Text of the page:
Ammonia/Urine Kidney damage Known as azotemia, it indicates kidney issues


Since determining your own breath odor might be challenging, it’s better to have a trusted friend or family member do it for you. If you can’t find anybody to ask, you may test the odor by licking your wrist, waiting for it to dry, and then sniffing. If this part of your wrist smells terrible, you probably have halitosis.

If you visit a dentist, they often diagnose it based on a person’s medical history and the smell of their mouth. The whole mouth is examined to see if an infection or other reason can be found. If the dentist can’t figure out what’s wrong, he or she will send you to the right expert, like a doctor.

Many advanced devices can give a more accurate reading of an odor. A few of them are mentioned here:

Preventing Bad breath

After we’ve covered the possible causes of halitosis, we can move on to the treatments. There are different ways to treat halitosis based on what is causing it.

1. Staying Hydrated

There is no rocket science in this; hydration is the key to everything. Consuming a suitable quantity of water can greatly enhance the digestive process, reduce dry mouth, improve bad breath and safeguard against dental decay and gum disease. So make sure you consume enough water every day—about six to eight 8-ounce glasses.

2. Maintain Good Oral Hygiene

If the foul breath comes from the stomach, we usually can’t do much about it, so we seek medical help in such cases.

However, if it is related to the mouth, then bad breath may be significantly reduced by practicing excellent oral hygiene.

Brushing and Flossing: According to dental studies, the best way to reduce bad breath is to brush your teeth twice daily and floss daily. By brushing, flossing, and cleaning your tongue daily, you can significantly reduce the number of bacteria in your mouth, lowering the production of volatile sulfur compounds (VSCs).

The most effective way to prevent bad breath is to clean your teeth thoroughly for two minutes, twice a day, and floss once a day.

Brush for two minutes: Another recommendation is to brush for at least two minutes. Divide your mouth into four equal halves and brush each for thirty seconds. Brush every surface of your teeth, even the ones you chew on, not just the ones you see. If you’re not timing yourself, you can fool yourself into thinking you’re brushing for longer than two minutes. Electric brushes with built-in timers are great, but if you don’t have one, you can use a kitchen timer in the bathroom or on your phone.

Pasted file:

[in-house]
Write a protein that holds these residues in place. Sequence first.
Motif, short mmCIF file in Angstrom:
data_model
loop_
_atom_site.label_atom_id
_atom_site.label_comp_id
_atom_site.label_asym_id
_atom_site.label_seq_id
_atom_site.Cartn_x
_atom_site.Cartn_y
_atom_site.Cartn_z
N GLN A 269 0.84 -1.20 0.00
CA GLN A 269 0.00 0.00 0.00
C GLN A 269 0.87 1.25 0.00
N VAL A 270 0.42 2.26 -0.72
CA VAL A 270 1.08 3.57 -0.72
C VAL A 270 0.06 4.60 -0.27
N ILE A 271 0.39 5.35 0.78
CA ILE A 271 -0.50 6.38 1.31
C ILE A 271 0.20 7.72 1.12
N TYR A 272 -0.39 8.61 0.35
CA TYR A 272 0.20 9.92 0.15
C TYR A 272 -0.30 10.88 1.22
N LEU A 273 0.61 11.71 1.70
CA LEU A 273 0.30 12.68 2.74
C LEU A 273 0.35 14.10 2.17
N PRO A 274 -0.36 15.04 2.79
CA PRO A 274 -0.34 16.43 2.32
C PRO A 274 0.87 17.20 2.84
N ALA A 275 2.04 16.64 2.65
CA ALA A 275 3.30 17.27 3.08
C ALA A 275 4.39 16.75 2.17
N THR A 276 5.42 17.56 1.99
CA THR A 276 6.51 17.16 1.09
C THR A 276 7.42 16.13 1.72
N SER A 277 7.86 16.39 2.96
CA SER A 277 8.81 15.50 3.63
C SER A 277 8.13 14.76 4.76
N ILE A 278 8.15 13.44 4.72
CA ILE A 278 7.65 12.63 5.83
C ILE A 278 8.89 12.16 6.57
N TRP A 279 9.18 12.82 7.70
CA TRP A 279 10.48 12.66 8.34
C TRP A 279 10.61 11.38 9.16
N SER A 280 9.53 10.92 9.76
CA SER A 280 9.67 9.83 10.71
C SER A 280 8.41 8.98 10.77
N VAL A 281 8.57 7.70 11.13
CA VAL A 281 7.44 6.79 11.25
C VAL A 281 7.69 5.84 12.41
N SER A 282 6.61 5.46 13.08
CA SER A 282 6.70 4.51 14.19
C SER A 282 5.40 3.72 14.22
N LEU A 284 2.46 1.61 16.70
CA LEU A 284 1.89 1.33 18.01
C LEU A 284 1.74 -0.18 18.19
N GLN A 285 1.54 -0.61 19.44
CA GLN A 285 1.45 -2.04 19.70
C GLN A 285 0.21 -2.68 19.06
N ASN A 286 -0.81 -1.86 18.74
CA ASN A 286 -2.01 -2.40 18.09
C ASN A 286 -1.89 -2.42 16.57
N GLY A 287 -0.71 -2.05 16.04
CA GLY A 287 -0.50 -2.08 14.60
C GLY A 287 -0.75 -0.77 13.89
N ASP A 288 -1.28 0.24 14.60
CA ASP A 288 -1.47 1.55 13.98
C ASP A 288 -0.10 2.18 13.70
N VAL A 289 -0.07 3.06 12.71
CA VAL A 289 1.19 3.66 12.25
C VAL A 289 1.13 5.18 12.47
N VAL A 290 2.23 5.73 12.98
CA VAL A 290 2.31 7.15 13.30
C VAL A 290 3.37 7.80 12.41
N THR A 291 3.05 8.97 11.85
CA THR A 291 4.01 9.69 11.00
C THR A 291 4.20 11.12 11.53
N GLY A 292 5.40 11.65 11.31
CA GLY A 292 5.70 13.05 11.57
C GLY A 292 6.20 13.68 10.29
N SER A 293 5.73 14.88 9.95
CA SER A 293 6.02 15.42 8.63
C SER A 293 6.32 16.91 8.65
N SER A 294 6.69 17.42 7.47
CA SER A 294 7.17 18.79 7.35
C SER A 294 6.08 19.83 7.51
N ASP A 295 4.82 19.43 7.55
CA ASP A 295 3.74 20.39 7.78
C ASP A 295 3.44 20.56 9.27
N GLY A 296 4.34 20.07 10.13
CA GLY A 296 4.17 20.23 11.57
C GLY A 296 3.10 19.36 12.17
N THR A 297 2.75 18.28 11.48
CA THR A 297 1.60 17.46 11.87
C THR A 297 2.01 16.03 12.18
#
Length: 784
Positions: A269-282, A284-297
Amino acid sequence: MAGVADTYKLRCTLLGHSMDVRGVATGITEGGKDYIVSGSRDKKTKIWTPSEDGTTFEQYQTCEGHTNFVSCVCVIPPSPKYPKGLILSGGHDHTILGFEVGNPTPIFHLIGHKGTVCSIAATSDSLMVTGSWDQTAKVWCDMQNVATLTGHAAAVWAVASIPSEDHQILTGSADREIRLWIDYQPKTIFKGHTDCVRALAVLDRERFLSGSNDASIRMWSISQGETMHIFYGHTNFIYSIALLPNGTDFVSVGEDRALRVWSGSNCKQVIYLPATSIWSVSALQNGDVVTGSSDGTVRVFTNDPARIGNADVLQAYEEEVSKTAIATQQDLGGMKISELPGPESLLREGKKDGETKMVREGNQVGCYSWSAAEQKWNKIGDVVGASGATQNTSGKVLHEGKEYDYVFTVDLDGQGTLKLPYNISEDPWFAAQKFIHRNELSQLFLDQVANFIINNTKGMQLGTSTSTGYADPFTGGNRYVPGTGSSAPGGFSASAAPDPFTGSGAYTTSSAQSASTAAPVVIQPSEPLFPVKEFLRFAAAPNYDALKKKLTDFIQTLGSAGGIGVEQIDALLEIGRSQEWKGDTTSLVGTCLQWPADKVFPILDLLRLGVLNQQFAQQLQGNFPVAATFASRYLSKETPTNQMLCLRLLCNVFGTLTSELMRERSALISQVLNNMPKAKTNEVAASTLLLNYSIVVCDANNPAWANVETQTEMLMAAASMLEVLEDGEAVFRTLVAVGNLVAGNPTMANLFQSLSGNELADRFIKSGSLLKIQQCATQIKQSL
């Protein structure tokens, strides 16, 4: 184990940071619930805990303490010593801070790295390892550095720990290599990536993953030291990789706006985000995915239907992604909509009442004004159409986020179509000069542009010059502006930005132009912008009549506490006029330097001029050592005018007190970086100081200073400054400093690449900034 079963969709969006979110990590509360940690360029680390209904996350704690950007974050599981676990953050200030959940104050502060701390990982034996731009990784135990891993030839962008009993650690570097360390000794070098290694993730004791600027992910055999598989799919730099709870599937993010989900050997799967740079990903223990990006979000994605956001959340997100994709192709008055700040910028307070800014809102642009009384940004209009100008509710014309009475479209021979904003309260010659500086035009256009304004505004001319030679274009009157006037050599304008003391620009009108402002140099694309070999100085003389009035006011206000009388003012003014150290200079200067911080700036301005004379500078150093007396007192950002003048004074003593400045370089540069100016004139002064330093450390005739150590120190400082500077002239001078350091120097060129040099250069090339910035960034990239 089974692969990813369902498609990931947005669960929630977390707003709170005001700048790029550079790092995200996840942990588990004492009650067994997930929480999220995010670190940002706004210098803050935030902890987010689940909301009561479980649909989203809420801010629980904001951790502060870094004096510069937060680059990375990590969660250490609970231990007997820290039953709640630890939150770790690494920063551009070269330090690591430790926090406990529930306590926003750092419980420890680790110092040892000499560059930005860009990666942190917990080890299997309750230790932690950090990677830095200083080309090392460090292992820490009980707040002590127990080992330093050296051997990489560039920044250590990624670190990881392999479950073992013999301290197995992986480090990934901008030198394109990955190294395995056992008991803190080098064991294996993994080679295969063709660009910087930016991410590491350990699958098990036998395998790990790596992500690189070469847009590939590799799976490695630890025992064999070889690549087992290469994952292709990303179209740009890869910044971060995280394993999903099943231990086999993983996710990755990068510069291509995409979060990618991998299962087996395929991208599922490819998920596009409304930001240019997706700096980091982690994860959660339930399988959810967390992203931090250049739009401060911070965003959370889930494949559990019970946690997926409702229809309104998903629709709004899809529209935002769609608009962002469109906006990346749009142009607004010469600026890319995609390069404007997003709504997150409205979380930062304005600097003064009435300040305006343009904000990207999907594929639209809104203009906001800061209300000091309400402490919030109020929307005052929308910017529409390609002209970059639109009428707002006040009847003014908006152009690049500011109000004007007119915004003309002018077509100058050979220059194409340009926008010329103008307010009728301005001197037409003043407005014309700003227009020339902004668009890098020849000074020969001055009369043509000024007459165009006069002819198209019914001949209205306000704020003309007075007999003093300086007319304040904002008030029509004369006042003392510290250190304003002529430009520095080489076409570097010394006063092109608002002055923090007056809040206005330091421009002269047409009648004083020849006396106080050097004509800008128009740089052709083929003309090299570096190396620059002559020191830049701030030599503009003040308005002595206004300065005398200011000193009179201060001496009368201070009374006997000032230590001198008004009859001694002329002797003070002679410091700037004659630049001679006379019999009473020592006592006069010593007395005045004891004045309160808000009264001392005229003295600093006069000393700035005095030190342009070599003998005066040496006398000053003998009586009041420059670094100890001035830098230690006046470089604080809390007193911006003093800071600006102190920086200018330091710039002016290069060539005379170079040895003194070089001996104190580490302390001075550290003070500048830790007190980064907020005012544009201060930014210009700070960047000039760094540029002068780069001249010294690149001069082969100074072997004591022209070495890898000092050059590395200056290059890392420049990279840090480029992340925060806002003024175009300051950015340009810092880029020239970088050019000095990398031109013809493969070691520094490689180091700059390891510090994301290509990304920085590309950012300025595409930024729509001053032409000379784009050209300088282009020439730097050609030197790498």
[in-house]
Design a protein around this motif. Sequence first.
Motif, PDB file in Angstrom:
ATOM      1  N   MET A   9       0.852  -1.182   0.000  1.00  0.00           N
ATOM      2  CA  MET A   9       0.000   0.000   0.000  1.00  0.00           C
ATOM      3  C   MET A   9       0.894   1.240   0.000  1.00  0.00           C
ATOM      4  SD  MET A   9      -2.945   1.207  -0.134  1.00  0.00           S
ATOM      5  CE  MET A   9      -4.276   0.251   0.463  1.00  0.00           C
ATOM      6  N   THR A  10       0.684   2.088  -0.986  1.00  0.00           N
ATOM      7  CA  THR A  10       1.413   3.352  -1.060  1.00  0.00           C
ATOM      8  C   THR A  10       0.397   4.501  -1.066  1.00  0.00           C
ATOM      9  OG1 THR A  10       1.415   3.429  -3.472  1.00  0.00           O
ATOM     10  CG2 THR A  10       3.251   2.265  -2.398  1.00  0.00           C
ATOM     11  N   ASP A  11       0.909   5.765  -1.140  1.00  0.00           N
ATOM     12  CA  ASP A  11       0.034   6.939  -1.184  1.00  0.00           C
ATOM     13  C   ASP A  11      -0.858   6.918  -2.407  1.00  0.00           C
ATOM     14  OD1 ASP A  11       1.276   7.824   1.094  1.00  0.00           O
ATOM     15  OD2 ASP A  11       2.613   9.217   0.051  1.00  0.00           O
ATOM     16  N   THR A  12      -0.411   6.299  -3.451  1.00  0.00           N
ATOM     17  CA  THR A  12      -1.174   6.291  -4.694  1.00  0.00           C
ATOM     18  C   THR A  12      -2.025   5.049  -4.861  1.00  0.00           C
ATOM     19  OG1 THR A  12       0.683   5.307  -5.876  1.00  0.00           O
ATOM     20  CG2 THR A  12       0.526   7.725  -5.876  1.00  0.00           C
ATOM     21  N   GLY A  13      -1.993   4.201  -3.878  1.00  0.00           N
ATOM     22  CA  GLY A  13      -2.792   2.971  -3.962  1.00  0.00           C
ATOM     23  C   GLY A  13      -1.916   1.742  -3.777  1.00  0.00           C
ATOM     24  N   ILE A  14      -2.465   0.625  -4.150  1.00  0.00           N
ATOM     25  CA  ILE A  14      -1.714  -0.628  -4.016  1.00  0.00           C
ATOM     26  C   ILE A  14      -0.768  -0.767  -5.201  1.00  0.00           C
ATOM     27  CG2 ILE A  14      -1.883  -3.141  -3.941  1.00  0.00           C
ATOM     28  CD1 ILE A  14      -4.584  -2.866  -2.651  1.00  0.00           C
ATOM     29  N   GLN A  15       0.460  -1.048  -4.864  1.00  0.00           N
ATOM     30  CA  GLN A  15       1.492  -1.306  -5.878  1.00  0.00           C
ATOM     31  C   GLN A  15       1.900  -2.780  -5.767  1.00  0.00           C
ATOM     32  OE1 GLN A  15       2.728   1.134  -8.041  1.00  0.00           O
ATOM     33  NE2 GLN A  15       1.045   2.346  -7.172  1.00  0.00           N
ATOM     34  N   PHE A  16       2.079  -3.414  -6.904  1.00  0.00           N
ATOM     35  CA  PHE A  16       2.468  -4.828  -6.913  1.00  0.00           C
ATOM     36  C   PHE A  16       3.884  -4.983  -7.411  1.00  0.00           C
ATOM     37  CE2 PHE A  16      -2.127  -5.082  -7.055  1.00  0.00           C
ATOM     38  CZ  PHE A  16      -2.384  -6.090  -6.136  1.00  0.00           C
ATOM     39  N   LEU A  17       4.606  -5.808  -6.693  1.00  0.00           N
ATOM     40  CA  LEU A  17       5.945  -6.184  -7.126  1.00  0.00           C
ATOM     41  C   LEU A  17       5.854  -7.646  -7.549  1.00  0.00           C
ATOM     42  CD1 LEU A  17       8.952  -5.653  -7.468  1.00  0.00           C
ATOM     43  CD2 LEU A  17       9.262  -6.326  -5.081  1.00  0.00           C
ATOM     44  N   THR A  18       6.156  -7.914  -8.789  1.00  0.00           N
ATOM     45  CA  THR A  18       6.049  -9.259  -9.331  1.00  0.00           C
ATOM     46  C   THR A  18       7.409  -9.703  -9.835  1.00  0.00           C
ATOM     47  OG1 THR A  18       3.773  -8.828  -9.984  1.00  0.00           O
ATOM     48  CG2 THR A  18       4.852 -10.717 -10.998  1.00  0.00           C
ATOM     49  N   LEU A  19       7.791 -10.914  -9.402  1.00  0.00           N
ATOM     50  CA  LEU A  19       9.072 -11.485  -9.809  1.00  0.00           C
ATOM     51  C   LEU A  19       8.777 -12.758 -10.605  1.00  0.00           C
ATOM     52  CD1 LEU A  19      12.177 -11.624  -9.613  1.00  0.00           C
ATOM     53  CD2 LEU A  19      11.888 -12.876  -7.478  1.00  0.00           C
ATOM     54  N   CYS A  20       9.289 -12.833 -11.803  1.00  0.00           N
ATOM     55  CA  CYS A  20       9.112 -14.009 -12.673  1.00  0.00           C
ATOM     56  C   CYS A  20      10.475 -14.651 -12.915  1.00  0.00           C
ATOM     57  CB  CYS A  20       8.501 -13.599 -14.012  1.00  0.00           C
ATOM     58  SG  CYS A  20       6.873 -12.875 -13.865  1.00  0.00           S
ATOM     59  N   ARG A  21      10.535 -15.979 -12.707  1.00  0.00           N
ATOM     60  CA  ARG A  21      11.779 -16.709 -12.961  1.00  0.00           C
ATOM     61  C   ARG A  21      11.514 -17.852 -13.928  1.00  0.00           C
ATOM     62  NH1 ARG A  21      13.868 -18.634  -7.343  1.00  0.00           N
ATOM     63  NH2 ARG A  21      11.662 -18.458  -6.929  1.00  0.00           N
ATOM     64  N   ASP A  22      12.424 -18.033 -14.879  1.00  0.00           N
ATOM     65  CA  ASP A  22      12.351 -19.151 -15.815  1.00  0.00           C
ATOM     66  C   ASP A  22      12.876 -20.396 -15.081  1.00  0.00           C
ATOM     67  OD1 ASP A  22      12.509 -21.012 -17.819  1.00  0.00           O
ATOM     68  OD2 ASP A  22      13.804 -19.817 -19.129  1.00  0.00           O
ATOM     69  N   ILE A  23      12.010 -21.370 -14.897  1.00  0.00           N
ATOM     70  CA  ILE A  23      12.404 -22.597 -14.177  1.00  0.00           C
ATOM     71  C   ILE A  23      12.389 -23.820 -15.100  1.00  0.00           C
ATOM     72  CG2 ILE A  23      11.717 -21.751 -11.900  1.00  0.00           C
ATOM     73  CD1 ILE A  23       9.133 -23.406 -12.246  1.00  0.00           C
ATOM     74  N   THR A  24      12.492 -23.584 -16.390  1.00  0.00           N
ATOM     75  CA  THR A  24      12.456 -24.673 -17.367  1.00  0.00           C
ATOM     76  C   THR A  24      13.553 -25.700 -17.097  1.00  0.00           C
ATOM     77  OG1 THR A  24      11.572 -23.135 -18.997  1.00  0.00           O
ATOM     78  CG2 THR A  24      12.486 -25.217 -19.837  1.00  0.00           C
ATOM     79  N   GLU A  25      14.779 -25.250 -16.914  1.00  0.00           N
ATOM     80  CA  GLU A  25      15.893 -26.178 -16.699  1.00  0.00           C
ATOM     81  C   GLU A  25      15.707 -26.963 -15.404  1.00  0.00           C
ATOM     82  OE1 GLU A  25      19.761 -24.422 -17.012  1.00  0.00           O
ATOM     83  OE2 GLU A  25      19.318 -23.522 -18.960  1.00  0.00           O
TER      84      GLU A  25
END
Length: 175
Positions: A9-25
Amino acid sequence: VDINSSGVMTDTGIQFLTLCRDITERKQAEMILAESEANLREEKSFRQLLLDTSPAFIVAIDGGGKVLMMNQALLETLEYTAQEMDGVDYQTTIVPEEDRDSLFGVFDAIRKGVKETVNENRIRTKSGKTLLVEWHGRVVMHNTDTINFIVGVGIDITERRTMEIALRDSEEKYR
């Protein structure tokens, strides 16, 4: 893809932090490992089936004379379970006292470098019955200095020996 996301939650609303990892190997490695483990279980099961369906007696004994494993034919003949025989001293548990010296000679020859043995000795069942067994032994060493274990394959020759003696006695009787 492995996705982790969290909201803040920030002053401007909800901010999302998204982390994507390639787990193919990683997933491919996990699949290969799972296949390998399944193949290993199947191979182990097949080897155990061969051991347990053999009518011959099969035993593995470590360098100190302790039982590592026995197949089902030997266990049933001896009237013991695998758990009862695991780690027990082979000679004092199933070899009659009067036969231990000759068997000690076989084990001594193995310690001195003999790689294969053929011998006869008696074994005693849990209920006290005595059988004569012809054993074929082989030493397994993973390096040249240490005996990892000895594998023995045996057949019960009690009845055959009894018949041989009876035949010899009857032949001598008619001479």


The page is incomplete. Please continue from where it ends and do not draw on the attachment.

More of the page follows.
If your toothbrush gets frayed, replace it within three to four months or sooner if necessary. Select a toothbrush with a soft bristle head as well.

Scrape the tongue: About 85% of bad breath comes from the tongue, so use a tongue scraper every day to reduce the bad breath.

Denture Care: Even though many people care greatly for their teeth and gums, those who use dental appliances can also have bad breath. Dentures, aligners, and retainers are susceptible to the same plaque and bacterial buildup as natural teeth.

If you wear dentures or dental prostheses, try not to wear them all the time and take them out at night. The best practice is to soak them in water overnight and clean them well with a toothbrush before putting them back in. Also, clean your retainers and braces as per your dentist’s instructions.

Talk to your doctor if you use or plan to use oral deodorizing pills or sprays. Some of them only cover up the smell for a short time. Another suggestion is to visit the dentist once a year for an examination of your dentures and any necessary changes in case they don’t fit properly.

3. Regular Dental Check-ups

To reduce the incidence of bad breath, one should visit their dentist every six months to rule out any dental issues. Gum disease, diseases, and dry mouth can all be found during regular check-ups. Professional cleaning can also remove tartar and plaque that contribute to bad breath. If the dentist can’t determine why you have bad breath, they may send you to your primary care doctor for more tests.

4. Risning Mouth With Herbal Mixture

Research indicates that a mouthwash made with tea tree oil, cloves, and basil might enhance dental hygiene, leading to a decrease in bad breath. The research used both commercial and herbal mouthwashes. It was found that plaque and gingivitis decreased dramatically with either rinse. However, unlike the commercial rinse, the herbal rinse also greatly reduces oral bacteria.

5. Keep The Mouth Moist With Chewing